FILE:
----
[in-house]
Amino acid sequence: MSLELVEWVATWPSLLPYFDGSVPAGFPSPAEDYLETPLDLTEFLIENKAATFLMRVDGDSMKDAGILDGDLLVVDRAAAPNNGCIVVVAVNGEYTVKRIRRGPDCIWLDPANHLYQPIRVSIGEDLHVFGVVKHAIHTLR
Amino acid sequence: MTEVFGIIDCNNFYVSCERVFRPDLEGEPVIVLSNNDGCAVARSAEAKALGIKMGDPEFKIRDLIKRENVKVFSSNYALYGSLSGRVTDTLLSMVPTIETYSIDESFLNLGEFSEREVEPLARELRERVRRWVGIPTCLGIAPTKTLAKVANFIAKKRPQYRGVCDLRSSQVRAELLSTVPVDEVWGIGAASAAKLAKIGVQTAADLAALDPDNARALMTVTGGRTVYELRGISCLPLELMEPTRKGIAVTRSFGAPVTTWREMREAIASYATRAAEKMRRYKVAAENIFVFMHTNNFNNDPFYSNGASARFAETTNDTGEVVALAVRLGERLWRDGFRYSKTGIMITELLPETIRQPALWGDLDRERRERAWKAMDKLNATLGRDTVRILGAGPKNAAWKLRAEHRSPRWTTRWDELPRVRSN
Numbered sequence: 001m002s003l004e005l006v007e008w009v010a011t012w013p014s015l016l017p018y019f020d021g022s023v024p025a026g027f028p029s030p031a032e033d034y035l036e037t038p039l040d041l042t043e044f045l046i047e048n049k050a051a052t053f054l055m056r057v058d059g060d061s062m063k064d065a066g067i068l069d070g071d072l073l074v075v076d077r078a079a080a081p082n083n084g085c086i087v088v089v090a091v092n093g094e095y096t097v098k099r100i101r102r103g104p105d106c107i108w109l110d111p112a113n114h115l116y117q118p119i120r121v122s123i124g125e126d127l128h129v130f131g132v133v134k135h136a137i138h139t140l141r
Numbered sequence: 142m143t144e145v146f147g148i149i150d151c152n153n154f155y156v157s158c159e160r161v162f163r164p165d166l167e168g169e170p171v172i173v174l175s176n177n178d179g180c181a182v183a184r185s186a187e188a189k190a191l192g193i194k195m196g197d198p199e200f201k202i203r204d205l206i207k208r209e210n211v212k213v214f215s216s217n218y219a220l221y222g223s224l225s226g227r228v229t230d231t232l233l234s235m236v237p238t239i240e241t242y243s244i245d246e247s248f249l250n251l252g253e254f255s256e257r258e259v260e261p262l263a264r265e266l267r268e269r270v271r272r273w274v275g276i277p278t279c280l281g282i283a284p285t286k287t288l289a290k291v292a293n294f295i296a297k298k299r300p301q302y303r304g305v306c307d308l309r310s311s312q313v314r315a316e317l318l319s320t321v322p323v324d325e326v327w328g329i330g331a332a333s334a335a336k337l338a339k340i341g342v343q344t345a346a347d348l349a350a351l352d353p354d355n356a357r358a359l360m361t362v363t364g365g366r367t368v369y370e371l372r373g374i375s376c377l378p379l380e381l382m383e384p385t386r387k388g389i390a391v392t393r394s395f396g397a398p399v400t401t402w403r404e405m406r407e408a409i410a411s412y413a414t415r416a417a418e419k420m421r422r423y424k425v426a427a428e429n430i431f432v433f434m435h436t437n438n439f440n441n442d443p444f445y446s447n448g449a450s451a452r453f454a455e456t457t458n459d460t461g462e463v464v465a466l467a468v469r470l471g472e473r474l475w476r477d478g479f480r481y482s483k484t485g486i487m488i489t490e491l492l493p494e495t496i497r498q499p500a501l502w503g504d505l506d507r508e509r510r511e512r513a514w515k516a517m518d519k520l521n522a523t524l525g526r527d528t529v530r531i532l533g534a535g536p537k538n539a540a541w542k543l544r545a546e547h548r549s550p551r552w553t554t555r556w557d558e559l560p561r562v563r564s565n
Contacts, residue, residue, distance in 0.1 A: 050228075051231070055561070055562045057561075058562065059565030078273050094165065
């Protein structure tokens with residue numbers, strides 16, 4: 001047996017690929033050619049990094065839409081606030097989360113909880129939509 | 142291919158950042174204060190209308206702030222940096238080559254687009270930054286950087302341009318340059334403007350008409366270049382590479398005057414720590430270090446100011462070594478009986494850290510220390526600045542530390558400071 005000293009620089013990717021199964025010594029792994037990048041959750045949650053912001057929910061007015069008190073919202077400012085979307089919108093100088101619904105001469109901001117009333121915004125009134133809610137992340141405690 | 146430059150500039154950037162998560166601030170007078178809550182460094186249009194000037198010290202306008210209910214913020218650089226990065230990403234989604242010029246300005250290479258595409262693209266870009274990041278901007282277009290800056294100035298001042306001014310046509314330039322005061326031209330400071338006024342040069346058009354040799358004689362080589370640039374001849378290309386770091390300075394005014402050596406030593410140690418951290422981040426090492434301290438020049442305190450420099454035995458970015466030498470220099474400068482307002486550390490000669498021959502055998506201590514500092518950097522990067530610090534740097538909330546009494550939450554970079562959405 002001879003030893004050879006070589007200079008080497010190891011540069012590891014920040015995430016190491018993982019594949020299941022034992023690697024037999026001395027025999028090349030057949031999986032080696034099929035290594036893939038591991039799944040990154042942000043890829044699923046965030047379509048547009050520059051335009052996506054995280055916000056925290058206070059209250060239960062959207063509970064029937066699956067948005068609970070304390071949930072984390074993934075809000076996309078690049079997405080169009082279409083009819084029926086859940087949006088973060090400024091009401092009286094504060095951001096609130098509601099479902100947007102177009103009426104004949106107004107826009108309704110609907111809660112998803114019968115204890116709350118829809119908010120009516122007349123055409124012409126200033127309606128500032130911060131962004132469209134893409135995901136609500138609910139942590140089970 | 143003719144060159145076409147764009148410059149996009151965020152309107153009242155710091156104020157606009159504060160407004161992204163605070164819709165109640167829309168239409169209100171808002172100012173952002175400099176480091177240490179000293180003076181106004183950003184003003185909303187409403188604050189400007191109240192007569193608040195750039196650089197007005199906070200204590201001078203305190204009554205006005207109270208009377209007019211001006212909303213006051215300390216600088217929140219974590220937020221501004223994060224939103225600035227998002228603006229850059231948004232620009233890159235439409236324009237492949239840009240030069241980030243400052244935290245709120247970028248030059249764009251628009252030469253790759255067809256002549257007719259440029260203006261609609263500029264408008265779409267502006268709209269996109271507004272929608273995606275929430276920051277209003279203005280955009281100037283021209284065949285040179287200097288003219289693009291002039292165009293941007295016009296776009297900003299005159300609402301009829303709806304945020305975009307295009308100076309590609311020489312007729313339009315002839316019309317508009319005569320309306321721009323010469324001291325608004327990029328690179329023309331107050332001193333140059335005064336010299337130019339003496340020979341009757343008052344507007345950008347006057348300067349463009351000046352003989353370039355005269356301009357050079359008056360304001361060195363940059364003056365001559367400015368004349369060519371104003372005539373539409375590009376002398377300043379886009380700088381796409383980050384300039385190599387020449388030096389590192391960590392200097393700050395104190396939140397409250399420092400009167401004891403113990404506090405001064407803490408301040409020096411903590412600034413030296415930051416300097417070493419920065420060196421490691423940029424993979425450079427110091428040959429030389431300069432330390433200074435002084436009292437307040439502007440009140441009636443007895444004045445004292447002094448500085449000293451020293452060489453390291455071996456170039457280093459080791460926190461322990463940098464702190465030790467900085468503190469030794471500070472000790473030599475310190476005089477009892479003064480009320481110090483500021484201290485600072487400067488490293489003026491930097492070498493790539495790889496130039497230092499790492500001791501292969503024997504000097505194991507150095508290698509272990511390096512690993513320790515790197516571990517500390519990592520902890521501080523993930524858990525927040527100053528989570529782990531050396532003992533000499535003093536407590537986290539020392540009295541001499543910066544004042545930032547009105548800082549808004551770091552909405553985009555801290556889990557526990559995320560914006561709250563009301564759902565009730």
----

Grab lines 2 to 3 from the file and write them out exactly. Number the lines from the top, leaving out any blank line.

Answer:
Amino acid sequence: MSLELVEWVATWPSLLPYFDGSVPAGFPSPAEDYLETPLDLTEFLIENKAATFLMRVDGDSMKDAGILDGDLLVVDRAAAPNNGCIVVVAVNGEYTVKRIRRGPDCIWLDPANHLYQPIRVSIGEDLHVFGVVKHAIHTLR
Amino acid sequence: MTEVFGIIDCNNFYVSCERVFRPDLEGEPVIVLSNNDGCAVARSAEAKALGIKMGDPEFKIRDLIKRENVKVFSSNYALYGSLSGRVTDTLLSMVPTIETYSIDESFLNLGEFSEREVEPLARELRERVRRWVGIPTCLGIAPTKTLAKVANFIAKKRPQYRGVCDLRSSQVRAELLSTVPVDEVWGIGAASAAKLAKIGVQTAADLAALDPDNARALMTVTGGRTVYELRGISCLPLELMEPTRKGIAVTRSFGAPVTTWREMREAIASYATRAAEKMRRYKVAAENIFVFMHTNNFNNDPFYSNGASARFAETTNDTGEVVALAVRLGERLWRDGFRYSKTGIMITELLPETIRQPALWGDLDRERRERAWKAMDKLNATLGRDTVRILGAGPKNAAWKLRAEHRSPRWTTRWDELPRVRSN